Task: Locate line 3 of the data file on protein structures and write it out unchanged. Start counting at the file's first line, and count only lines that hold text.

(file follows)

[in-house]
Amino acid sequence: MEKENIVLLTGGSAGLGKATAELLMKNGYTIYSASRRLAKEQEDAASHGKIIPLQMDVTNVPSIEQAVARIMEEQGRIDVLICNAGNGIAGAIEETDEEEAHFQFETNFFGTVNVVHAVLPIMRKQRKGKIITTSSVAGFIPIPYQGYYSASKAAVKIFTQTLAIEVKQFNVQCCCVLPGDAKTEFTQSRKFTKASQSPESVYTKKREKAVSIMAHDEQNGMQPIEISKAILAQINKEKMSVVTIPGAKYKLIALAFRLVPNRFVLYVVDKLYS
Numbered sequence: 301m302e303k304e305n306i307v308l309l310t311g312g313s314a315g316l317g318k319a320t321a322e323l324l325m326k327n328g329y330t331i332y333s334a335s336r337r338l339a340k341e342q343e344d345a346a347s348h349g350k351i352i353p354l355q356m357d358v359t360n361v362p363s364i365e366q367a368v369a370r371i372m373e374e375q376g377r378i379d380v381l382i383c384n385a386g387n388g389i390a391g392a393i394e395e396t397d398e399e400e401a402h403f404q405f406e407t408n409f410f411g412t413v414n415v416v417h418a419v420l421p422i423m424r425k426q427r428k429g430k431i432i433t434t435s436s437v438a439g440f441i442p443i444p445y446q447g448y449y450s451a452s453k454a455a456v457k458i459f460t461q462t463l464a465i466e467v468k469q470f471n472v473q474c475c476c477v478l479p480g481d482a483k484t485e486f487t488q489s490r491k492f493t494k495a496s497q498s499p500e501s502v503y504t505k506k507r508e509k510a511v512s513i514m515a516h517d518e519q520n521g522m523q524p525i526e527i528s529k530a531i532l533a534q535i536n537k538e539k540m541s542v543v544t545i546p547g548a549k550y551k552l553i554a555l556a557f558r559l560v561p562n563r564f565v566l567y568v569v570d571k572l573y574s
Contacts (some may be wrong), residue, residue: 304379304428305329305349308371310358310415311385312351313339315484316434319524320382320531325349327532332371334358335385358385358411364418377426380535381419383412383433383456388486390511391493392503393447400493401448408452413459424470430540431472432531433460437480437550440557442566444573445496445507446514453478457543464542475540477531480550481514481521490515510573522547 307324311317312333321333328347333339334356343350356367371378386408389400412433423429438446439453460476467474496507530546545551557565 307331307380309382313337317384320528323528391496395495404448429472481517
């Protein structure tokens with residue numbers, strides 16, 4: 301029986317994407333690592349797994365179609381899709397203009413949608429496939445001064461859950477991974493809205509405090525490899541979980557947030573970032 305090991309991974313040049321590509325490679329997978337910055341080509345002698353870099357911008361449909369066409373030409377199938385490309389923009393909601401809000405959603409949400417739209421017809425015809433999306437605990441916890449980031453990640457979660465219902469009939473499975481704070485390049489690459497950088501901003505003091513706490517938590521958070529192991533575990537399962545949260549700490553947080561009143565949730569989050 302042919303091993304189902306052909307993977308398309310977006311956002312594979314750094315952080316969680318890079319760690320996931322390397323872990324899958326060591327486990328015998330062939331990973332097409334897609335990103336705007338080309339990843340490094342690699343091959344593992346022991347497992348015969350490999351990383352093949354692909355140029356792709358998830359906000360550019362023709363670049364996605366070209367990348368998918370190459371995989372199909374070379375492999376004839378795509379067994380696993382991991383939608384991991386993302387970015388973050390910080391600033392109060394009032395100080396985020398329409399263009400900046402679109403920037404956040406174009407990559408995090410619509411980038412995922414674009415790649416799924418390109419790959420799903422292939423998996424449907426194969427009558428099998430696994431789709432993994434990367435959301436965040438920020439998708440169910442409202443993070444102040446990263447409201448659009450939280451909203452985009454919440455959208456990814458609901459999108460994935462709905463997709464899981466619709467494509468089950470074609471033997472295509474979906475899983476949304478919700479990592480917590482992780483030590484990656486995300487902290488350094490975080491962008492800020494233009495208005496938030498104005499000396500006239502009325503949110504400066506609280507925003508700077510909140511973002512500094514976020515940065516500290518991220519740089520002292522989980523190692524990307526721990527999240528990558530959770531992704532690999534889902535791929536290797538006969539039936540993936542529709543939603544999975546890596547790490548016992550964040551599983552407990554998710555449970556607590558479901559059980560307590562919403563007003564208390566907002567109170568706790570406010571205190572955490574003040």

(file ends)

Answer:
Numbered sequence: 301m302e303k304e305n306i307v308l309l310t311g312g313s314a315g316l317g318k319a320t321a322e323l324l325m326k327n328g329y330t331i332y333s334a335s336r337r338l339a340k341e342q343e344d345a346a347s348h349g350k351i352i353p354l355q356m357d358v359t360n361v362p363s364i365e366q367a368v369a370r371i372m373e374e375q376g377r378i379d380v381l382i383c384n385a386g387n388g389i390a391g392a393i394e395e396t397d398e399e400e401a402h403f404q405f406e407t408n409f410f411g412t413v414n415v416v417h418a419v420l421p422i423m424r425k426q427r428k429g430k431i432i433t434t435s436s437v438a439g440f441i442p443i444p445y446q447g448y449y450s451a452s453k454a455a456v457k458i459f460t461q462t463l464a465i466e467v468k469q470f471n472v473q474c475c476c477v478l479p480g481d482a483k484t485e486f487t488q489s490r491k492f493t494k495a496s497q498s499p500e501s502v503y504t505k506k507r508e509k510a511v512s513i514m515a516h517d518e519q520n521g522m523q524p525i526e527i528s529k530a531i532l533a534q535i536n537k538e539k540m541s542v543v544t545i546p547g548a549k550y551k552l553i554a555l556a557f558r559l560v561p562n563r564f565v566l567y568v569v570d571k572l573y574s